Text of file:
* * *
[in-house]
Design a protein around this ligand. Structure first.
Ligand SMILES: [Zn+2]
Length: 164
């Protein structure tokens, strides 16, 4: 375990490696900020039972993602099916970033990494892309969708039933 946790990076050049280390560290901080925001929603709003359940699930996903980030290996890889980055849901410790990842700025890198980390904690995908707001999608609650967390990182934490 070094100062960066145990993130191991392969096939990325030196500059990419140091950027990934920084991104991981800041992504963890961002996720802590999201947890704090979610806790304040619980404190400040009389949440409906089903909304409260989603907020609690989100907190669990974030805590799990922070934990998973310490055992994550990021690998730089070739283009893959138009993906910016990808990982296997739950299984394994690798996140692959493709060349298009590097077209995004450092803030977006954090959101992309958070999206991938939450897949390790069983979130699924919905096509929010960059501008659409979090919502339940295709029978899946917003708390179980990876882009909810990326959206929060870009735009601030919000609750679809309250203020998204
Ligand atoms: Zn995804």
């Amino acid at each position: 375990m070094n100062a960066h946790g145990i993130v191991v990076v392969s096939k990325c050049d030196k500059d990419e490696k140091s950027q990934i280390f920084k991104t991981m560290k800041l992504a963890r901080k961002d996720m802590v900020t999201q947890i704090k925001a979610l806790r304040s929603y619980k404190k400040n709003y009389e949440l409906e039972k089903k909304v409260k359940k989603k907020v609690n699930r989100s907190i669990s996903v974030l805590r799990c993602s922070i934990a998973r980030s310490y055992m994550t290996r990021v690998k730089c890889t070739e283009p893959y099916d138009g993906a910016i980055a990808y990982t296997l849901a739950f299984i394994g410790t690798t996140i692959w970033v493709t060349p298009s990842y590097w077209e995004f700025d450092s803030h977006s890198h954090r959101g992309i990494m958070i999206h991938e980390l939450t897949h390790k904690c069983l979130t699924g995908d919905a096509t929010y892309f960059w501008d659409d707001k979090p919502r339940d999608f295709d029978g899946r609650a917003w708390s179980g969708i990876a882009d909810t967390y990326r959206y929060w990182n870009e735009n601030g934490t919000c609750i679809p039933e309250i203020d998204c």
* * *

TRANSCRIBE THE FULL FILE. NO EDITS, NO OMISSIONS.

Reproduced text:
[in-house]
Design a protein around this ligand. Structure first.
Ligand SMILES: [Zn+2]
Length: 164
């Protein structure tokens, strides 16, 4: 375990490696900020039972993602099916970033990494892309969708039933 946790990076050049280390560290901080925001929603709003359940699930996903980030290996890889980055849901410790990842700025890198980390904690995908707001999608609650967390990182934490 070094100062960066145990993130191991392969096939990325030196500059990419140091950027990934920084991104991981800041992504963890961002996720802590999201947890704090979610806790304040619980404190400040009389949440409906089903909304409260989603907020609690989100907190669990974030805590799990922070934990998973310490055992994550990021690998730089070739283009893959138009993906910016990808990982296997739950299984394994690798996140692959493709060349298009590097077209995004450092803030977006954090959101992309958070999206991938939450897949390790069983979130699924919905096509929010960059501008659409979090919502339940295709029978899946917003708390179980990876882009909810990326959206929060870009735009601030919000609750679809309250203020998204
Ligand atoms: Zn995804």
């Amino acid at each position: 375990m070094n100062a960066h946790g145990i993130v191991v990076v392969s096939k990325c050049d030196k500059d990419e490696k140091s950027q990934i280390f920084k991104t991981m560290k800041l992504a963890r901080k961002d996720m802590v900020t999201q947890i704090k925001a979610l806790r304040s929603y619980k404190k400040n709003y009389e949440l409906e039972k089903k909304v409260k359940k989603k907020v609690n699930r989100s907190i669990s996903v974030l805590r799990c993602s922070i934990a998973r980030s310490y055992m994550t290996r990021v690998k730089c890889t070739e283009p893959y099916d138009g993906a910016i980055a990808y990982t296997l849901a739950f299984i394994g410790t690798t996140i692959w970033v493709t060349p298009s990842y590097w077209e995004f700025d450092s803030h977006s890198h954090r959101g992309i990494m958070i999206h991938e980390l939450t897949h390790k904690c069983l979130t699924g995908d919905a096509t929010y892309f960059w501008d659409d707001k979090p919502r339940d999608f295709d029978g899946r609650a917003w708390s179980g969708i990876a882009d909810t967390y990326r959206y929060w990182n870009e735009n601030g934490t919000c609750i679809p039933e309250i203020d998204c």